AFL at night is an incredible spectacle.
Under the lights, with plenty more media attention, it’s one of the great things our game has to offer.
That’s why its baffling to fans that the AFL only scheduled seven Thursday night games this year. While granted this year they have gone to a new level, Thursday night footy has always been popular. Fans have flocked to the games all over the nation on these nights, as high quality games of footy under the lights during the week creates a raw, emotional atmosphere that allow supporters to escape from their week of work.
The winning supporter doesn’t even care that it’ll take him most of his night to get home on Melbourne’s public transport network, while the loser still had a night out in a great atmosphere with their mates.
It’s a classic case of win/win from the AFL. High quality games on these nights bring in big crowds, big TV numbers, and big money, allowing the game to grow even more. Despite being incredibly busy trying to dismantle the game with their ‘competition committee’, surely the AFL can see an opportunity as big as this when the numbers keep come rolling in, and clubs are calling up Gil left, right and centre looking for more of these marquee games.
Of the seven Thursday night games played this year, three have been played in Adelaide, two have been played in Melbourne, and the SCG and Optus stadium have held one game as well.
Three of these games pulled in more than one million viewers per game, and three had over 900,000 TV screens glued to the game. The only game that didn’t live up to these high standards was Port Adelaide v The Western Bulldogs, with a rather mediocre game still racking in 716,000 viewers over the course of the night.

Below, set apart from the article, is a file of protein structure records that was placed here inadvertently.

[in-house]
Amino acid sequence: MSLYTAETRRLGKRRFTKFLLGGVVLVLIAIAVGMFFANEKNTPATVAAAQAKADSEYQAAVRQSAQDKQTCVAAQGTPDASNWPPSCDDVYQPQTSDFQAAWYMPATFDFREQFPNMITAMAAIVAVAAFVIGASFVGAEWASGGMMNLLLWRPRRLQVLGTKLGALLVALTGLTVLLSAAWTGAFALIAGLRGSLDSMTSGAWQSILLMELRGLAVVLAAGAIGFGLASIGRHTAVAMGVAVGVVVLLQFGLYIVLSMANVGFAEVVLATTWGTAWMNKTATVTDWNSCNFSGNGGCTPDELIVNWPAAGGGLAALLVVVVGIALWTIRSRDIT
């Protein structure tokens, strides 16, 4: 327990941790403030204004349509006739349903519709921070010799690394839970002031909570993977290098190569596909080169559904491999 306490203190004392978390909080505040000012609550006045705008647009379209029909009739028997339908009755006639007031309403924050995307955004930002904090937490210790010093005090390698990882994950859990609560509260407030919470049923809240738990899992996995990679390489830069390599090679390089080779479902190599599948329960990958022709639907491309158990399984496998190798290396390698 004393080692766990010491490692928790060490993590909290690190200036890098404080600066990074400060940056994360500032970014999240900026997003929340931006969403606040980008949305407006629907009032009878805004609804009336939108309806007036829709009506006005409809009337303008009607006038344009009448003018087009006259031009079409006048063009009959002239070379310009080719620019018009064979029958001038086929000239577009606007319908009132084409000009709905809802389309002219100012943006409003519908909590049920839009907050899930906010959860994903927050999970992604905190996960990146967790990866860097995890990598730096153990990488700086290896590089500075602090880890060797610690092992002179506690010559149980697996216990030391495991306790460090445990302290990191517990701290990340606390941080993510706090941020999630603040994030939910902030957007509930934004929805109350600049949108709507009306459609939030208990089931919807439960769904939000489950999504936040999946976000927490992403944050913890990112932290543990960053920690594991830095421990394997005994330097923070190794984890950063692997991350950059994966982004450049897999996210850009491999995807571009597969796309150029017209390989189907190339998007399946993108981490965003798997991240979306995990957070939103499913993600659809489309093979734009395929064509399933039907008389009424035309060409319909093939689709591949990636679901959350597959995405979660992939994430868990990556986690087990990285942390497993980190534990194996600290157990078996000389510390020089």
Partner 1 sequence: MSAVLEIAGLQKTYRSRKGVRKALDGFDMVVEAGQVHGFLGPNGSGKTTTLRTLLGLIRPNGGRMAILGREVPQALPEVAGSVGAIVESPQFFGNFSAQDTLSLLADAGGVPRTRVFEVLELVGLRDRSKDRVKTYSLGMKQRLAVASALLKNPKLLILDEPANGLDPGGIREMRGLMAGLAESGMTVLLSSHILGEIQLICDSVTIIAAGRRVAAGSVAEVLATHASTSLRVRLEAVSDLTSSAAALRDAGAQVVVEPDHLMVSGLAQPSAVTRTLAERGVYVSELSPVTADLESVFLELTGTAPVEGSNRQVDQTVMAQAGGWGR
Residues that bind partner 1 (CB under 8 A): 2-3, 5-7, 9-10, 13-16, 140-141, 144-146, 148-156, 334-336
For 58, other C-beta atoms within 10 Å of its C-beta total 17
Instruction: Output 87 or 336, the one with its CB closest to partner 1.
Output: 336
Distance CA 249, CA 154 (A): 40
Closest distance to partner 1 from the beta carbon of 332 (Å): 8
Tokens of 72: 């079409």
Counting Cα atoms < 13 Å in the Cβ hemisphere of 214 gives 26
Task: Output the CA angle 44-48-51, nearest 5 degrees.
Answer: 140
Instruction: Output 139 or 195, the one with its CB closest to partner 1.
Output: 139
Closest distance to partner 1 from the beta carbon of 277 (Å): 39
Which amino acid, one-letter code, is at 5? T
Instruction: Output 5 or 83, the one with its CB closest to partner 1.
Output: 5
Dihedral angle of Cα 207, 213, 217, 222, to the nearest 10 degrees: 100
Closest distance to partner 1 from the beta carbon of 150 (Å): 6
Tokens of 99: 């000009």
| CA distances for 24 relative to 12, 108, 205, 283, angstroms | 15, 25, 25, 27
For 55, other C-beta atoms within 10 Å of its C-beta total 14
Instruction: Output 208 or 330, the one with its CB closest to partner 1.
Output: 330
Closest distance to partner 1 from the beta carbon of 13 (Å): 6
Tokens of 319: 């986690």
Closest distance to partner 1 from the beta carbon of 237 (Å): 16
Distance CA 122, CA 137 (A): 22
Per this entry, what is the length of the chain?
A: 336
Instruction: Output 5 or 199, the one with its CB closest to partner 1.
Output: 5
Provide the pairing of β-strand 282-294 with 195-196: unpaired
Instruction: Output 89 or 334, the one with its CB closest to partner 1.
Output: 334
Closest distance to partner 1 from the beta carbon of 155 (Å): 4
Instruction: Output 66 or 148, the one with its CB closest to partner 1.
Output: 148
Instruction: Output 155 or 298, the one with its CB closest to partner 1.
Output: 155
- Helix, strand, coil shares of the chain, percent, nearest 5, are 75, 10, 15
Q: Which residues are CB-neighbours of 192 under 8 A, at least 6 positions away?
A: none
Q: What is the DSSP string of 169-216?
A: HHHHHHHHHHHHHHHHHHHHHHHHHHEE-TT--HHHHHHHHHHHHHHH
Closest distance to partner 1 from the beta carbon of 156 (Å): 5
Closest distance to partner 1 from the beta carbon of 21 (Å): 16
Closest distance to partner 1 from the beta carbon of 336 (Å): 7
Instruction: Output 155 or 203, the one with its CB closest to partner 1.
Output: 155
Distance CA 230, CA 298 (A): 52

To put this in perspective, at the halfway mark of the year for free to air games, AFL games have a national average viewership of 497,390. Keep in mind, most free to air games are also similar to prime time games, with these generally occurring on a Thursday, Friday, and Saturday night, while also being on Sunday afternoons. Games at other times, that are screened on Foxtel are watched much, much less, as these games only average 180,000 viewers. Perhaps taking out an early Saturday or Sunday game, would significantly boost the average AFL viewership.
And the AFL really needs it, as for the first time since 2011, the NRL is on track for a ratings win over the AFL on both free to air and pay TV.
The average free-to-air Audience for the NRL is 612,689 in 2018, compared to 317,003 for the AFL, and while Gil and the suits at AFL will say channel seven doesn’t screen the same free to air game in all states at the same time, and instead picks and chooses its matches based on the local audiences, the compensated numbers would still suggest the NRL are in the lead.
The most damning stat for the AFL though may be that the average pay TV audience (Foxtel) for the NRL is 244,853 in 2018, compared to 180,387 for the AFL, which both air nationally.
Many would believe that this drop in viewers would be wholly down to the aesthetics of the game, and while that may be true, the scheduling of the two sports may be the biggest difference this year, with NRL games being described as too ‘stop start’ due to a referee blitz this season decreasing the view of their game too.
Only once this season will the NRL not have a game on Thursday night, while they’ve also experimented further with a Wednesday night game. In comparison, there will be 16 times this year where the AFL for the round begins on a Friday night. This is a new market that the NRL have been quick to capture, and it will be hard for the AFL to break in should they wait for than a year to introduce more Thursday night games.
New South Wales and Queensland are the two states in which the AFL have found it typically difficult to grown the game, but now with the Swans and Giants making strong pushes for the top 8 in 2018, and the Lions looking as if they’ll be a premiership contender in the very near future, there has never been a better time to introduce Thursday night footy to these states. More exposure for the game, more exposure for the clubs.
Additionally, a large part of Thursday night footy not being introduced is the AFL’s insistence on teams having at least a six-day break, on request from clubs to prevent injuries and allow the games’ biggest stars to be available for games. But after the successful scheduling period that have come with Thursday night games this year, we see that it can be done for teams, in a very successful manner, and therefore there is no reason that Thursday night footy shouldn’t happen on much more of a regular basis.
Plus, who wouldn’t want to see more Roaming Brian during the week.